9th March 2018, Volume 131 Number 1471

Tom Kai Ming Wang, Kok-Lam Chow, Aaron Lin, Alexei Chataline, Harvey White, Matthew Dawes, Greg Gamble, Chris Ellis

Cardiovascular disease causes 33% of mortality in New Zealand and is the most common cause of death.1 Audits of the care of patients with acute coronary syndrome (ACS) are very important to evaluate whether patient diagnosis and management adhere to guidelines.2–5 The Regional Cardiac Society of New Zealand ACS audit group undertook three comprehensive audits of clinical practice in 2002, 2007 and 20126–8 and contributed to the “momentum for change” for the improved management of ACS patients. Significant improvements in service provision have been recorded.9,10 The All New Zealand ACS Quality Improvement Programme (ANZACS-QI) funded by the Ministry of Health of New Zealand was then implemented in 2013 to prospectively record characteristics of all ACS admissions and is an important step forward in achieving this goal.11 However, a limitation is that this database does not capture ACS patients who are under the care of non-cardiology services during the admission, which means the data may not be fully representative of all ACS patients admitted to a New Zealand hospital.

We reviewed the Auckland City Hospital subgroup of patients admitted with a suspected ACS during a two-week period as part of the third New Zealand ‘SNAPSHOT’ ACS audit in 2012, to assess how clinical service admission influenced the management of these patients, and to record the number potentially not enrolled in the ANZACS-QI programme.

Methods

Study population

This study focused on the ACS cohort from Auckland City Hospital that contributed to the New Zealand ACS 2012 audit, which prospectively enrolled all patients admitted with a suspected ACS to a New Zealand Hospital over 14 days in May 2012, with methods previously described in detail.6–8 This third National New Zealand audit was also the first bi-national ‘SNAPSHOT’ ACS study, which also included ACS admissions to Australian hospitals over the same period.12 The two-week audit period was chosen as a compromise between the need to collect sufficient patient numbers for a representative cohort and the ability of unfunded clinicians and nurses to collect patient data, and was undertaken from 00.00 hours on Monday 14 May to 24.00 hours on Sunday 27 May 2012. The study was designed and run by clinicians with support from the Cardiac Society of Australia and New Zealand. Ethics approval was obtained from the National Multicentre Ethics Committee, with a consent waiver being given, as the study was an audit of clinical management.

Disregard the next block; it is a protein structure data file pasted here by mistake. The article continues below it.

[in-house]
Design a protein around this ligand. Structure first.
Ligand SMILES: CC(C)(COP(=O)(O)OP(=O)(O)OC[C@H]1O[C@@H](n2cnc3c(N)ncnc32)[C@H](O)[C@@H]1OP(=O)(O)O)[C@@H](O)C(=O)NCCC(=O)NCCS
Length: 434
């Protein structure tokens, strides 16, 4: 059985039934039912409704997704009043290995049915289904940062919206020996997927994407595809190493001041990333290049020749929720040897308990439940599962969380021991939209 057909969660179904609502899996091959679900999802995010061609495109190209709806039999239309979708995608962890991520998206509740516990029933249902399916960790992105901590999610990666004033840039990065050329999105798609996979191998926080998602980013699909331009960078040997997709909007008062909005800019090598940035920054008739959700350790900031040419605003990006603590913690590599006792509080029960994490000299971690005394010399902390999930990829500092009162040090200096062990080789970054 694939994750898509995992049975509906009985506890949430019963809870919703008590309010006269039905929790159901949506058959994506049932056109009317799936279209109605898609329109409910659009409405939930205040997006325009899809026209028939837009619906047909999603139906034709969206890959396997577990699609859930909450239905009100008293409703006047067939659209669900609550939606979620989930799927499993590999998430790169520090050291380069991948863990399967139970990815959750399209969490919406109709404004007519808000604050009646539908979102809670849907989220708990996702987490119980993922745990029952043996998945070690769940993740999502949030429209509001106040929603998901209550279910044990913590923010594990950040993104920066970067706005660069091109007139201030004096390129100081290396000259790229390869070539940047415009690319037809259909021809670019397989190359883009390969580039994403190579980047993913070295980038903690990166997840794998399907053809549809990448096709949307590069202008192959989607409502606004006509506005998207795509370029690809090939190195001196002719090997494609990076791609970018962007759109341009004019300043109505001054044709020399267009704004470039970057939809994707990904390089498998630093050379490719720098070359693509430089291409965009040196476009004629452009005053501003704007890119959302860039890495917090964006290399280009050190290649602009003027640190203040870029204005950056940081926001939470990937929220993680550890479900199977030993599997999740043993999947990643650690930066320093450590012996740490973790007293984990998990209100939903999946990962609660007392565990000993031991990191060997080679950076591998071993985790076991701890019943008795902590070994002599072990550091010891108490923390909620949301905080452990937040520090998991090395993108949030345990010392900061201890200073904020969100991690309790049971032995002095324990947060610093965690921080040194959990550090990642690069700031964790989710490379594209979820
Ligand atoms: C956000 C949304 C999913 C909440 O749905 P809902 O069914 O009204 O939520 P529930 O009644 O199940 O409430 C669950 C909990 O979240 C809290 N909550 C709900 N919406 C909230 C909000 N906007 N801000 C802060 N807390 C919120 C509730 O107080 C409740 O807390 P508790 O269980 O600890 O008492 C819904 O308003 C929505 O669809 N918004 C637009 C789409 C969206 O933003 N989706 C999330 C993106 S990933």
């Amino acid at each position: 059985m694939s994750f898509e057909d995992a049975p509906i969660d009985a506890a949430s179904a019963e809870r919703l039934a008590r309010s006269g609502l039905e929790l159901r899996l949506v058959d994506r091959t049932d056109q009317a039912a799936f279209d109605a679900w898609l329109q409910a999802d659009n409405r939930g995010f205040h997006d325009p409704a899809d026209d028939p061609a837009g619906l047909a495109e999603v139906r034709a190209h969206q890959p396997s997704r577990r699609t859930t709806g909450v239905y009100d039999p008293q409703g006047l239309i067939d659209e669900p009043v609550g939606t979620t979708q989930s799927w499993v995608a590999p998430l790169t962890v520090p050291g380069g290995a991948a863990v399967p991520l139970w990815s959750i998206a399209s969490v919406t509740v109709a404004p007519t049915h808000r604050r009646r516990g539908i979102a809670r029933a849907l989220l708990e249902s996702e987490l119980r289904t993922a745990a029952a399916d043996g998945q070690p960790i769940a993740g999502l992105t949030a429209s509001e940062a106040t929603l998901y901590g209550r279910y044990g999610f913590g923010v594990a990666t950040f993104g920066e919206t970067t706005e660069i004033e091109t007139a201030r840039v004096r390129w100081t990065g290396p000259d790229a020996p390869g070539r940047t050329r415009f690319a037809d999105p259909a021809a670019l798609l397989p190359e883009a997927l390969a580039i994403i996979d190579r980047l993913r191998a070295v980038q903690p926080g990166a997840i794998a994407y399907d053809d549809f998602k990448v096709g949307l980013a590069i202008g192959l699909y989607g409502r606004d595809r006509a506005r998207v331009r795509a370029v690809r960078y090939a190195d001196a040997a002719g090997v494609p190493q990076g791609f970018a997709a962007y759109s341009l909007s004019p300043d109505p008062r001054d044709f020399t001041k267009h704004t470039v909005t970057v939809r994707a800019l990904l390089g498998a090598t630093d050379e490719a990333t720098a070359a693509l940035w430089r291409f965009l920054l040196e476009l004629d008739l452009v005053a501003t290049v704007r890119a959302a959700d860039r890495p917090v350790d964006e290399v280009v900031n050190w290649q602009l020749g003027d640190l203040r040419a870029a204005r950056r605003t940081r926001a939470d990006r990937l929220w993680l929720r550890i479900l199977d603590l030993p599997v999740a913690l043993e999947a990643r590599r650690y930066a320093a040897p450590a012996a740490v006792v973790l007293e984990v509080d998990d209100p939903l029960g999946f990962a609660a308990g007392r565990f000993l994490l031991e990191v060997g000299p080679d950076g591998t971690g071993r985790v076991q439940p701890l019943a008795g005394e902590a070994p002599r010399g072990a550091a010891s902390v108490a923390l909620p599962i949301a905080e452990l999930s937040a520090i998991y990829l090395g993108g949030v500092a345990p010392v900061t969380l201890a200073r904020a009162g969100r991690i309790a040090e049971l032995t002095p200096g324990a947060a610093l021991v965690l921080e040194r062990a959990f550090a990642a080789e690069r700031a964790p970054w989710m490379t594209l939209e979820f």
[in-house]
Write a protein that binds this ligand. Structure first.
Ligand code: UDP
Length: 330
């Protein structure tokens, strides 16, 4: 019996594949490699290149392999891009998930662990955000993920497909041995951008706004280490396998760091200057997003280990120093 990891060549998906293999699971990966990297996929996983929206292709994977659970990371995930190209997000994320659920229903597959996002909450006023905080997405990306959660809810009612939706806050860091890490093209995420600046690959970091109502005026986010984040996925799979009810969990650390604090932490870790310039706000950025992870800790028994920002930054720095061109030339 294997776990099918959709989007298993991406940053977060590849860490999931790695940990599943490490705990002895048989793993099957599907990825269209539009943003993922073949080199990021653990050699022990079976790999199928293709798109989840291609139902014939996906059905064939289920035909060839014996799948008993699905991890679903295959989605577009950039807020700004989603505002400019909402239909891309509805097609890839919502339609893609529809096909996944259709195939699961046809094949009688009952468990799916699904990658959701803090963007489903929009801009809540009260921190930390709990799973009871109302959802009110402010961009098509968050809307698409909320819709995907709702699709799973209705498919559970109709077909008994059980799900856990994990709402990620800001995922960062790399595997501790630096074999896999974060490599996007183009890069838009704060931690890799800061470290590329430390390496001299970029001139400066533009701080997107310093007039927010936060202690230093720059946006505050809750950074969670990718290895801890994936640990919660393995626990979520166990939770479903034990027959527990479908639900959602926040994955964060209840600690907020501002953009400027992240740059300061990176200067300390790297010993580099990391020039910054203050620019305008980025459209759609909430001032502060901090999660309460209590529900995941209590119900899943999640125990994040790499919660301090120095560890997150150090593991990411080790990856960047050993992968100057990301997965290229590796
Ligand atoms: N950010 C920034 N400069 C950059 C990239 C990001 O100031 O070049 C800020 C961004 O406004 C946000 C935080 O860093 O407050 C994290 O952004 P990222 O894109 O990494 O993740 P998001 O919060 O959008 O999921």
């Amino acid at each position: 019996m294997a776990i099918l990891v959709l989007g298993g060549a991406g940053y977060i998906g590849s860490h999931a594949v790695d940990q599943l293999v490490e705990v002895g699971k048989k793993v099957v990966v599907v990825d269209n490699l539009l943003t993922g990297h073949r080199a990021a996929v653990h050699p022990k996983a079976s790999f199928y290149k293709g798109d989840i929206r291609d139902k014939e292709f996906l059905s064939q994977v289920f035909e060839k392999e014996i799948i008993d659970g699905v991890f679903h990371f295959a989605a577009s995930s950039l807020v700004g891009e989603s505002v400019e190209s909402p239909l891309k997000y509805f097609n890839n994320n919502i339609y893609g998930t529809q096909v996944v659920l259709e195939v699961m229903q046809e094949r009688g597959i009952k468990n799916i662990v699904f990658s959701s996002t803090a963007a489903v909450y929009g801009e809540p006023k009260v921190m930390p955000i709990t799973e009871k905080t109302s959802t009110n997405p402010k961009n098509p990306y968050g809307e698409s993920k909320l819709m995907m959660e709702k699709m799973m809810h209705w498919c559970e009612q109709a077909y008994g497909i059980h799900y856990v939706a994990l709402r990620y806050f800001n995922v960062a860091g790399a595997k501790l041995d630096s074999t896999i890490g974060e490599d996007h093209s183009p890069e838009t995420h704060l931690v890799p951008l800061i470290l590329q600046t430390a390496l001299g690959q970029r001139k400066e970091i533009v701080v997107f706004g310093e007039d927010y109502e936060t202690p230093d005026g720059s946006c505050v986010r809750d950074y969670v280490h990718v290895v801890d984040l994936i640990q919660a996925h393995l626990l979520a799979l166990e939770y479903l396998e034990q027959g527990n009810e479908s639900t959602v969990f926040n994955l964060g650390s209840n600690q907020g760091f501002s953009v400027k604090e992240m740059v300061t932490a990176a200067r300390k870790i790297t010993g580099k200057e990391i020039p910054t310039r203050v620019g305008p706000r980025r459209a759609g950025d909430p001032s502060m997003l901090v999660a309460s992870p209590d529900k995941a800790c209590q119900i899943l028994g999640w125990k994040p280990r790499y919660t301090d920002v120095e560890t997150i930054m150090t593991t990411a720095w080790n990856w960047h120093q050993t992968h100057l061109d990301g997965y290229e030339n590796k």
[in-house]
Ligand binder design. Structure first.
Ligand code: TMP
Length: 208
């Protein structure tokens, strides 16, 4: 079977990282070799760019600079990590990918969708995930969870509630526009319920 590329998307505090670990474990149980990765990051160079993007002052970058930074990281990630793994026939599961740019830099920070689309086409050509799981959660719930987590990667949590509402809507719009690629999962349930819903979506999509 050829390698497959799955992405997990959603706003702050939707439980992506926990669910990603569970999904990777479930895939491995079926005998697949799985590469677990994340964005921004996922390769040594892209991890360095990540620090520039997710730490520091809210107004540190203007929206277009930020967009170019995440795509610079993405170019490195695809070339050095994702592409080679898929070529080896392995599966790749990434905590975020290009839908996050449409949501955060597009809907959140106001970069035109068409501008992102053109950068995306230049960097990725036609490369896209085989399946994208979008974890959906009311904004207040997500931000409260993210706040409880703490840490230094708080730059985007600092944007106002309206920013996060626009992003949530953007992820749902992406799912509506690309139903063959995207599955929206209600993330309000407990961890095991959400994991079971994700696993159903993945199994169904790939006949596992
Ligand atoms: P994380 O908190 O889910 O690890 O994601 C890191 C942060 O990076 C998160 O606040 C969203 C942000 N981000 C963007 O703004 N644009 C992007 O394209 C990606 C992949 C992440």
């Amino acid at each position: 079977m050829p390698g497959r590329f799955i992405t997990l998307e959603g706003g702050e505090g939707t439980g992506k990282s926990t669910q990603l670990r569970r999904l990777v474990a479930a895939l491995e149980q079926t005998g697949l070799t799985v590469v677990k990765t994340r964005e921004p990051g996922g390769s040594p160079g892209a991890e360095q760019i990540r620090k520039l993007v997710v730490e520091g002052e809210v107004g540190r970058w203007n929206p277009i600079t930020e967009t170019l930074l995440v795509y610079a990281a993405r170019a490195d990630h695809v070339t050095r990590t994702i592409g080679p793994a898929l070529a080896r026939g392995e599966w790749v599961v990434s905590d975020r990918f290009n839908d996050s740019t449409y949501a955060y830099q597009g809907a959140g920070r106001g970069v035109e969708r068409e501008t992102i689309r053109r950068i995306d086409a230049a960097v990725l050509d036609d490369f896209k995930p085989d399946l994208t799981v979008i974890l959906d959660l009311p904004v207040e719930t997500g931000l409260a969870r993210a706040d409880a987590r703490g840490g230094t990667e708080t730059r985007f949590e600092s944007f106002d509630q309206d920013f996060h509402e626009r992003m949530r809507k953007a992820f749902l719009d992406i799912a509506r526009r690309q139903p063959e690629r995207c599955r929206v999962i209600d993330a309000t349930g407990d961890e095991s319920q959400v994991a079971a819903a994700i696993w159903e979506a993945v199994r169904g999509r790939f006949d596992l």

Data definitions and collection

All sites, including Auckland City Hospital were supplied with written study protocols and definitions for all characteristics, which were prospectively collected; these included patient demographics, comorbidities, investigations, treatment, discharge diagnosis and outcomes. For this current study, patient hospital records were reviewed and patients were categorised into two groups: those admitted for all or some of their hospitalisation under the cardiology service, and those who were managed by non-cardiology services.

A ‘discharge diagnosis’ was determined by the local clinical team and coded based on the following categories: a) ST-segment elevation myocardial infarction (STEMI) or new left bundle branch block (LBBB), b) non-STEMI (NSTEMI), c) unstable angina pectoris (UAP), d) chest pain, ‘unlikely ischaemic’ and e) other cause: for those patients who had a clear alternative diagnosis.6–8,12 Outcomes included in-hospital death and major adverse cardiovascular events (MACE), a composite of death, myocardial infarction, stroke, cardiac arrest or worsening heart failure. Morbid obesity was defined as body mass index >35kg/m2 or if ‘obesity’ was recorded in the medical record.

Statistical analysis

Data are presented as mean (standard deviation), median (interquartile range) or frequency (percentage) as indicated. Comparisons between groups for categorical variables were made using Fisher’s exact test/Monte Carlo estimation of exact P values where the Cochrane requirements for a chi-square test were not met and between non-normally distributed continuous variables using the Wilcoxon/Kruskall Wallis test. Confidence intervals for rates were calculated using a mid P method (www.openepi.com, accessed 16/06/2017).

Asymptotic 95% confidence intervals were calculated for the pairwise differences in proportions and the Wilson method was used for calculating confidence intervals around median differences. All tests were two tailed, with p value <0.05 considered significant. No adjustment to the overall significance level was made. Unless otherwise stated, analyses were performed using SAS (v9.4, SAS Institute Inc., Cary, NC, USA).

Results

A total of 121 patients were admitted to Auckland City Hospital with a suspected ACS over the 14-day audit period. There were 76 (63%) non-cardiology and 45 (37%) cardiology patients. Of the 45 cardiology patients, 40 were admitted and discharged solely from cardiology, two were admitted by cardiology but later discharged from another specialty, and three were admitted to a non-cardiology service but subsequently transferred to and discharged from cardiology. Of the 76 non-cardiology patients, three underwent a coronary angiogram, but were not directly managed by the cardiology service.

Patients admitted to the cardiology service were of similar mean age (years), 66 (SD16) compared to 67 (SD13), difference (95% CI) 1.1 (-4.3–6.5), but were more likely to have a history of stroke or transient ischaemic attack (20% vs 5.3%), P=0.016, have elevated serum troponins (66% vs 25%, P<0.0001), and be of Māori ethnicity (8.9% vs 0%) (Table 1).